Connect with us

Hi, what are you looking for?

Smart Bombs: Military, Defense, National Security and More

Arleigh Burke-Class Destroyer Flight III: Future of the Navy?

Arleigh Burke-Class Destroyer
030313-N-0115R-077 The Mediterranean Sea (Mar. 13, 2003) -- The guided missile destroyer USS Arleigh Burke (DDG 51) steams through the Mediterranean Sea. Arleigh Burke is currently deployed in the Mediterranean Sea conducting missions in support of Operation Enduring Freedom. U.S. Navy photo by Journalist 2nd Class Patrick Reilly. (RELEASED)

The U.S. Navy’s Arleigh Burke­-class destroyer (DDG) has been in service for 30 years, and it now has the distinction of having the longest production run for any post-World War II U.S. Navy surface warship. And thanks to a mix of naval needs, technology, and costs, this legendary warship will now get an important upgrade.

A Legendary Warship

The Arleigh Burke-class destroyer has been the backbone of the U.S. Navy’s surface fleet, and to date sixty-eight have been delivered. These highly capable, multi-mission vessels are able to conduct a variety of operations including peacetime presence.

Originally, the USS Michael Murphy (DDG-112), the sixty-second in the class, which was delivered in October 2012, was intended to be the last ship of Arleigh Burke-class destroyers. However, following the proposed cancellation of DDG 1000 Zumwalt-class destroyer program, the Navy opted to continue with the DDG-51-class program.

However, don’t let the name fool you, these are very much a new and improved version of the versatile destroyer.

Enter Flight III

This Flight III upgrade will not only extend the life of the program but will also deliver critical Integrated Air and Missile Defense capability to the Navy’s fleet.

The Flight III upgrade has been centered on the AMDR/SPY-6(V)1 Air and Missile Defense Radar (AMDR) system, which can provide improved capability over earlier Arleigh Burke-class vessels as it will enable the latest ships in the class to simultaneously perform Anti-Air Warfare and Ballistic Missile Defense.

USS Forrest Sherman

070111-N-4515N-509
Atlantic Ocean (Jan. 9 2007) – Guided-missile destroyer USS Forest Sherman (DDG 98) test-fires its five-inch gun on the bow of the ship during training. The Sherman is currently conducting training exercises in the Atlantic Ocean. U.S. Navy photo by Mass Communication Specialist Seaman Apprentice Joshua Adam Nuzzo (RELEASED)

In November 2020, the Navy announced that to support this upgrade it began testing and integrating ship systems at existing land-based facilities.

“This has been an extremely exciting few weeks for the DDG 51 Aegis shipbuilding program,” said Capt. Seth Miller, DDG 51 program manager in a statement in November. “The program remains on track to deliver this tremendous capability to the fleet. Completion of these most recent milestones is a significant accomplishment and is a testament to the hard work and dedication of the Flight III team.”

The first Flight III ship, USS Jack H. Lucas (DDG-125), began fabrication in May 2018, and the Navy has so far awarded two contracts for a total of ten of the upgraded destroyers, which will be produced through fiscal year 2022 (FY22). In addition to being larger than the previous ships in the class, the Flight III vessels will also have new features that will increase the capabilities. These will include hangers for two SH-60B/F LAMPS helicopters, as well as a new combat system software, an enlarged flight deck.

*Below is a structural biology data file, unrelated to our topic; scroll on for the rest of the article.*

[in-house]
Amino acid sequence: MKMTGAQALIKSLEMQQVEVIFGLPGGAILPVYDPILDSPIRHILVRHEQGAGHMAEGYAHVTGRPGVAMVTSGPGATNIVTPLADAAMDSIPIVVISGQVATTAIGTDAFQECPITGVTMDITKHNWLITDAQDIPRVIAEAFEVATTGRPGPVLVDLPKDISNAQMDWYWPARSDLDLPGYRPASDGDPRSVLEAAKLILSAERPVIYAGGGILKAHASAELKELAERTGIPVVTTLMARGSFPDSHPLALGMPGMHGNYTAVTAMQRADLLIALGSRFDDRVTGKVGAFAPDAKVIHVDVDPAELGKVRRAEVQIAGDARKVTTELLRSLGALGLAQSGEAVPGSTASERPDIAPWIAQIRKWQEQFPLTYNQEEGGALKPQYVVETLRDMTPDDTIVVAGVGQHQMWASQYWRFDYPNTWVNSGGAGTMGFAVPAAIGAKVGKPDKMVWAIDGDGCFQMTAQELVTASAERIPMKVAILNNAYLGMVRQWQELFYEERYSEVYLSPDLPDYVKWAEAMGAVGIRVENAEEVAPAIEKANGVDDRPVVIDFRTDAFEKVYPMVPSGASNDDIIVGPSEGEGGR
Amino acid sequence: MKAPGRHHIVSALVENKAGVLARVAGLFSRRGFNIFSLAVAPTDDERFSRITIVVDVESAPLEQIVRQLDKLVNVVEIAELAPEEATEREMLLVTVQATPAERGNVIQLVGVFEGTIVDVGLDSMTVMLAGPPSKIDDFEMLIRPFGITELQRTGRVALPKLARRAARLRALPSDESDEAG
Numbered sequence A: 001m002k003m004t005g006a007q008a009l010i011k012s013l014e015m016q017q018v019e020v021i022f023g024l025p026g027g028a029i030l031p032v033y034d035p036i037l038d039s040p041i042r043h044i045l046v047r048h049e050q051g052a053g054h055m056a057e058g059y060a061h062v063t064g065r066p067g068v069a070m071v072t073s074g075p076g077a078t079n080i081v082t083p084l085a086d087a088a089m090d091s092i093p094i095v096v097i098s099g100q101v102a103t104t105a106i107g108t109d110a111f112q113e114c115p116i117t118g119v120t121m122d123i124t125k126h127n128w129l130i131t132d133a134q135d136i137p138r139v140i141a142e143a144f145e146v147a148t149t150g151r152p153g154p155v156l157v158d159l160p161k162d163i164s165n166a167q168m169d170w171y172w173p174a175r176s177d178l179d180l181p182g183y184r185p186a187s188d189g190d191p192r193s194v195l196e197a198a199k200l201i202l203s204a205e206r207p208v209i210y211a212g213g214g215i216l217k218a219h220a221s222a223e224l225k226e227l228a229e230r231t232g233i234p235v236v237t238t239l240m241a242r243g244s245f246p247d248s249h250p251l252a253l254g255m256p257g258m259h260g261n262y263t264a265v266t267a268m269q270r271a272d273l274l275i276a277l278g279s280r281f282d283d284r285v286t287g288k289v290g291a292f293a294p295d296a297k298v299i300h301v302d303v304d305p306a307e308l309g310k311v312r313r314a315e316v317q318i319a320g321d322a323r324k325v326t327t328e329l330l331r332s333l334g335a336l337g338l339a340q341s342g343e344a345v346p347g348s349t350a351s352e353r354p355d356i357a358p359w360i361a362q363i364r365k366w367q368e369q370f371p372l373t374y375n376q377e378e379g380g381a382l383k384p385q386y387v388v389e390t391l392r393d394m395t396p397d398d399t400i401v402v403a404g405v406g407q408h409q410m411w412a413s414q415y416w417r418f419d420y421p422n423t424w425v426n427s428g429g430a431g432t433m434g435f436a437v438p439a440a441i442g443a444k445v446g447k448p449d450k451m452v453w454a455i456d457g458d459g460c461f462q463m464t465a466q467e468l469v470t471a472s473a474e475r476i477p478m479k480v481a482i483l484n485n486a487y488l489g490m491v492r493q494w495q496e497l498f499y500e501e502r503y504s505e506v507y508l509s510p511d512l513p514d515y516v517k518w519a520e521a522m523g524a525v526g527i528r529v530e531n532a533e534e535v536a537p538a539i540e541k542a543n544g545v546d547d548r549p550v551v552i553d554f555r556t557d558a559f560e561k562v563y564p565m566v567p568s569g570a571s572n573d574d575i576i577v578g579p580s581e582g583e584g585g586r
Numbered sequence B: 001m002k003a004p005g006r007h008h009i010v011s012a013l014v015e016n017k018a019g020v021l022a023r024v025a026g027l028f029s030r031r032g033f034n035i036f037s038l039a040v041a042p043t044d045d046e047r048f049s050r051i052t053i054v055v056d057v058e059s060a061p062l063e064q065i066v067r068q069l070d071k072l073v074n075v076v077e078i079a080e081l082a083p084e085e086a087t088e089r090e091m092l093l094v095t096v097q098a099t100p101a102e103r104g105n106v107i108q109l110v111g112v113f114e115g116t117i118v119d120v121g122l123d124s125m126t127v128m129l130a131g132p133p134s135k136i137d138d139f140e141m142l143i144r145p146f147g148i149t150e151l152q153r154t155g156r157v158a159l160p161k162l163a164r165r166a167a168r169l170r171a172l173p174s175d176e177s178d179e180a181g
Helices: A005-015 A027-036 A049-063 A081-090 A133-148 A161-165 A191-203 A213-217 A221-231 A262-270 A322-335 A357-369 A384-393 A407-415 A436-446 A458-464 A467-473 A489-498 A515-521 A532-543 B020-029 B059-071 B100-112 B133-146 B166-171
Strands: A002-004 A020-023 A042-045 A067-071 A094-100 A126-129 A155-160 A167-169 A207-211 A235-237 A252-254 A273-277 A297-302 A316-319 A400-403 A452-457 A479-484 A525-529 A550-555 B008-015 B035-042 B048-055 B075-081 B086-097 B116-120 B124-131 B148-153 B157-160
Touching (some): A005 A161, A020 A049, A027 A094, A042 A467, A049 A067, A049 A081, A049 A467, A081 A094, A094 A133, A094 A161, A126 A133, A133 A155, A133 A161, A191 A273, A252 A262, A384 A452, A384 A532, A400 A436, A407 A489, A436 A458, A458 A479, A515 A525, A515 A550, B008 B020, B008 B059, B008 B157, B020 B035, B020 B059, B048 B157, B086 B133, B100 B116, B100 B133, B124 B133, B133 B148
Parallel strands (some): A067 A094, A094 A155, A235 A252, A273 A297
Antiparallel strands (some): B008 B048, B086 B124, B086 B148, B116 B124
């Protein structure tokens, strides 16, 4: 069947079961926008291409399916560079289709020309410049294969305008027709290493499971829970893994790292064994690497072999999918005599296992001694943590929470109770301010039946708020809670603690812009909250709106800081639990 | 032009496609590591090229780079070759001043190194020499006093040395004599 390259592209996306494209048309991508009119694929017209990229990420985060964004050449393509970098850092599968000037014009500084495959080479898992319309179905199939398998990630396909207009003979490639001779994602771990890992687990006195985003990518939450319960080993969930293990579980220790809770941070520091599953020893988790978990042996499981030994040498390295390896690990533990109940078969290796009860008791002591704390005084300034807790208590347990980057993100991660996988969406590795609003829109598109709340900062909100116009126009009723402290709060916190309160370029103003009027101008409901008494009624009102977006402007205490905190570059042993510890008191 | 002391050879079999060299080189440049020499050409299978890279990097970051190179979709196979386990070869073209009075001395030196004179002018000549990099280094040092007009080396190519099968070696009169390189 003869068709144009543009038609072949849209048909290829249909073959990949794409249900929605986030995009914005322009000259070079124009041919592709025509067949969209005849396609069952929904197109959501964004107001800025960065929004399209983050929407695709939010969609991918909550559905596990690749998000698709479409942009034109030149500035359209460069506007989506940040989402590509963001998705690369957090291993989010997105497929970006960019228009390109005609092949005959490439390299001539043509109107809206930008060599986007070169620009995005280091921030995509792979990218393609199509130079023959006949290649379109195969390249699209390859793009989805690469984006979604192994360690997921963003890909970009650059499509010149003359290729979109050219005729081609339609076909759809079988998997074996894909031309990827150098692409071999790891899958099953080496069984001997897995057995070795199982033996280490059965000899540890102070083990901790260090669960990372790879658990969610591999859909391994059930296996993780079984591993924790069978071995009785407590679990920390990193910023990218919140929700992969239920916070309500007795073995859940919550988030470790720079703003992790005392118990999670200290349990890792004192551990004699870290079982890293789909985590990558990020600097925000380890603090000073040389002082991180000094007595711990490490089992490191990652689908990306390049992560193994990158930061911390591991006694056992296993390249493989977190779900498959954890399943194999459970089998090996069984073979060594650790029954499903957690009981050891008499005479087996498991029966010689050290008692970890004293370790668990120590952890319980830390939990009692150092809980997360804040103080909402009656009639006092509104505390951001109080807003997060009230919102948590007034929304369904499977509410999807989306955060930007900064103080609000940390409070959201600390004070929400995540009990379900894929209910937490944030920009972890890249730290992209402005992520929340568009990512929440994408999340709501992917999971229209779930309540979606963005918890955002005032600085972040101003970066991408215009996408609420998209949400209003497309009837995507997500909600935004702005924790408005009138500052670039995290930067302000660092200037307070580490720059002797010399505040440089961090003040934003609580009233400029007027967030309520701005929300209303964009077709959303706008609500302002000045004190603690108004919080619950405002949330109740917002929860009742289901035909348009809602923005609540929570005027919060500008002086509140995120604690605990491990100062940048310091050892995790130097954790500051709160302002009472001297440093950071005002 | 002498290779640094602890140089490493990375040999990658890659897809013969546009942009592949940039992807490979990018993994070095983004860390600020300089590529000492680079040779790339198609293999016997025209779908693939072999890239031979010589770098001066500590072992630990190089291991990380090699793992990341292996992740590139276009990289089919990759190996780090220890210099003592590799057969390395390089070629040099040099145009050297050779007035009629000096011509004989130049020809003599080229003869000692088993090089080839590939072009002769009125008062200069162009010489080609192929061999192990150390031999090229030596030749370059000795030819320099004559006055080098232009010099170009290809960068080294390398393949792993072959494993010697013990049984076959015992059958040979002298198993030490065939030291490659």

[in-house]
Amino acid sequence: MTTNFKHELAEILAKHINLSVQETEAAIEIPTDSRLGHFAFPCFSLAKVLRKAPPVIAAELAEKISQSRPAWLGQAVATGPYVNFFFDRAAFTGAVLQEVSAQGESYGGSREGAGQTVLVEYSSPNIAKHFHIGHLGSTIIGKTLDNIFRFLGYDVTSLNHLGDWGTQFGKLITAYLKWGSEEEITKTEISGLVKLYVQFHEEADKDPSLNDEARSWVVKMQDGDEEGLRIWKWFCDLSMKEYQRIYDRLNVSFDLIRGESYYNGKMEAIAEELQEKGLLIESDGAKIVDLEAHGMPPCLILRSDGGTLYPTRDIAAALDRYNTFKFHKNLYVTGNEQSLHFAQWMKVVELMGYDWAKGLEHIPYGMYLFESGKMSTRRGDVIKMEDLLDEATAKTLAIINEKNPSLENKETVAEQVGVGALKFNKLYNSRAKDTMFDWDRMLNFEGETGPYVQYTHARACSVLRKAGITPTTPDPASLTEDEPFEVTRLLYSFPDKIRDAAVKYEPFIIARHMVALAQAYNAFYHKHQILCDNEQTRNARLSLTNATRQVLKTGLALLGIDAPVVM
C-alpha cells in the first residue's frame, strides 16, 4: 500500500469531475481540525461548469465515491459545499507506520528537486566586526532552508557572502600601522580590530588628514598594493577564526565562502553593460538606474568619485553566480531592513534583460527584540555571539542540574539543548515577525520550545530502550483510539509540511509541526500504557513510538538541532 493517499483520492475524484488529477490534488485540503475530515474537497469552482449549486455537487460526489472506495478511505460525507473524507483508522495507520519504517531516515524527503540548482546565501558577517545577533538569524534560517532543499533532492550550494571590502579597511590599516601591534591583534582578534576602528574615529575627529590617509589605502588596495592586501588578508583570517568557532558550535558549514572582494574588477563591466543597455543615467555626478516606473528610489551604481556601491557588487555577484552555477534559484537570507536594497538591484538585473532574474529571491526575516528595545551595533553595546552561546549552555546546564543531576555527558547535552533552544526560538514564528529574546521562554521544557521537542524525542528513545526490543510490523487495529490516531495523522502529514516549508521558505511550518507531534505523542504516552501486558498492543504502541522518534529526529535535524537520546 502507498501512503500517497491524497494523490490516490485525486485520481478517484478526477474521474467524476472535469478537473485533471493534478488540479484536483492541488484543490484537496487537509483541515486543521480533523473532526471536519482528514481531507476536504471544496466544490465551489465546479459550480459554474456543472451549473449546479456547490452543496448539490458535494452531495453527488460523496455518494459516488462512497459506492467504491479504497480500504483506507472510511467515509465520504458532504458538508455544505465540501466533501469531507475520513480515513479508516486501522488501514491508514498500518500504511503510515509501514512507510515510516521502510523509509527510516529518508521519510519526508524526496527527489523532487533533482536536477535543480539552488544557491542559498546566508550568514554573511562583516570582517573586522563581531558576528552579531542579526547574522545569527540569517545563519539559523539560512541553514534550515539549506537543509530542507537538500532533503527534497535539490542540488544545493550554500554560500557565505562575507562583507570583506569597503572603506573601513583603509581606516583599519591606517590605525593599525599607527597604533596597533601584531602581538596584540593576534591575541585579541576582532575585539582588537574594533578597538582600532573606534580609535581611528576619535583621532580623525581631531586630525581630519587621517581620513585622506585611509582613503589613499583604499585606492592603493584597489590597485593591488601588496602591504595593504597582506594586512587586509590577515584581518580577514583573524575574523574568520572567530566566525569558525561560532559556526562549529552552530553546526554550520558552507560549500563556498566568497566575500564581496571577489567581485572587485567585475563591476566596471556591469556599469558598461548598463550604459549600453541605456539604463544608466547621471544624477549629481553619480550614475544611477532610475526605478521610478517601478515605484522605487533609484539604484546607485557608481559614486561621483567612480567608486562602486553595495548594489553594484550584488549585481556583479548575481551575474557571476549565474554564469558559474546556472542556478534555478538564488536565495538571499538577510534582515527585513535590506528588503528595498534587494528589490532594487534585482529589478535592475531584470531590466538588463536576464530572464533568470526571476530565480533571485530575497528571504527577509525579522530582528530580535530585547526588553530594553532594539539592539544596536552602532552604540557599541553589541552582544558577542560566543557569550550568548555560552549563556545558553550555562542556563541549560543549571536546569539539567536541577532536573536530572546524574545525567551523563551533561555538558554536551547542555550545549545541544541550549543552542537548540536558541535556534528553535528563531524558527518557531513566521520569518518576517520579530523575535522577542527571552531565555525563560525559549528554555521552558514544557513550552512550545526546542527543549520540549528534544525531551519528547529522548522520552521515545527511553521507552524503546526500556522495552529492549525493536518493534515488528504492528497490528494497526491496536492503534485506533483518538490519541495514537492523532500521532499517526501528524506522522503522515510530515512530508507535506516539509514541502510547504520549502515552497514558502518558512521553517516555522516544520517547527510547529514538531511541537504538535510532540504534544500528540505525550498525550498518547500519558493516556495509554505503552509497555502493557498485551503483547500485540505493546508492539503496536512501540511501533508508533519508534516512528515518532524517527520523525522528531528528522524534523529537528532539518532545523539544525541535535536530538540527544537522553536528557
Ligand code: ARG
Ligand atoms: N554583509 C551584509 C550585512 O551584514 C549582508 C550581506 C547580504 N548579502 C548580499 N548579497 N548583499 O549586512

Firepower

DDG-125 will also be powered by four LM2500 General Electrics Marine Gas Turbines, which will enable the ship to reach a top speed of 30 knots. Its armament will include one 32 cells, one 64 cell Mark 41 Vertical Launching System, ninety-six RIM-66 SM-2, BGM-109 Tomahawk, RIM-162 ESSM, or RUM-139 VL-Asroc, missiles, one five-inch (130 mm)/62 naval gun, two 25 mm Mk 38 automatic cannons, four .50 cal. machine guns, two Mk 46 triple torpedo tubes, and one 20 mm Phalanx CIWS (Close-In Weapon System).

With these upgrades, the Arleigh Burke-class destroyer will remain the backbone of the Navy for decades to come as a multi-mission platform for the 21st century.

Peter Suciu is a Michigan-based writer who has contributed to more than four dozen magazines, newspapers and websites. He regularly writes about military small arms, and is the author of several books on military headgear including A Gallery of Military Headdress, which is available on Amazon.com.

Written By

Peter Suciu is a Michigan-based writer who has contributed to more than four dozen magazines, newspapers and websites. He is the author of several books on military headgear including A Gallery of Military Headdress, which is available on Amazon.com.

5 Comments

5 Comments

  1. Jizmo

    December 29, 2020 at 9:36 am

    It can do all kinds of stuff, including “peace time presence”. Hell, you could do that with a conoe.

    • Philly

      January 1, 2021 at 9:34 pm

      How much loiter time do you have in your canoe “Jizmo”?

    • Jorge Cartaya

      January 2, 2021 at 11:38 am

      Yeah, I suppose you could send a canoe on a “Show The Flag” tour to third world nations….how much of an impact that would have is the question…..

  2. T. Miller

    December 29, 2020 at 8:13 pm

    Still – Very limited to poor anti-surface and ASW capability. Guess what, the sub threat is bigger now than during the cold war!

  3. Captain Burrito

    December 29, 2020 at 9:17 pm

    US Navy no longer deploys SH-60B/F aircraft on ships because that type/model/series are no longer in US Navy inventory. Flight III are designed to deploy with two (2) MH-60R aircraft instead.

Leave a Reply

Your email address will not be published. Required fields are marked *

Advertisement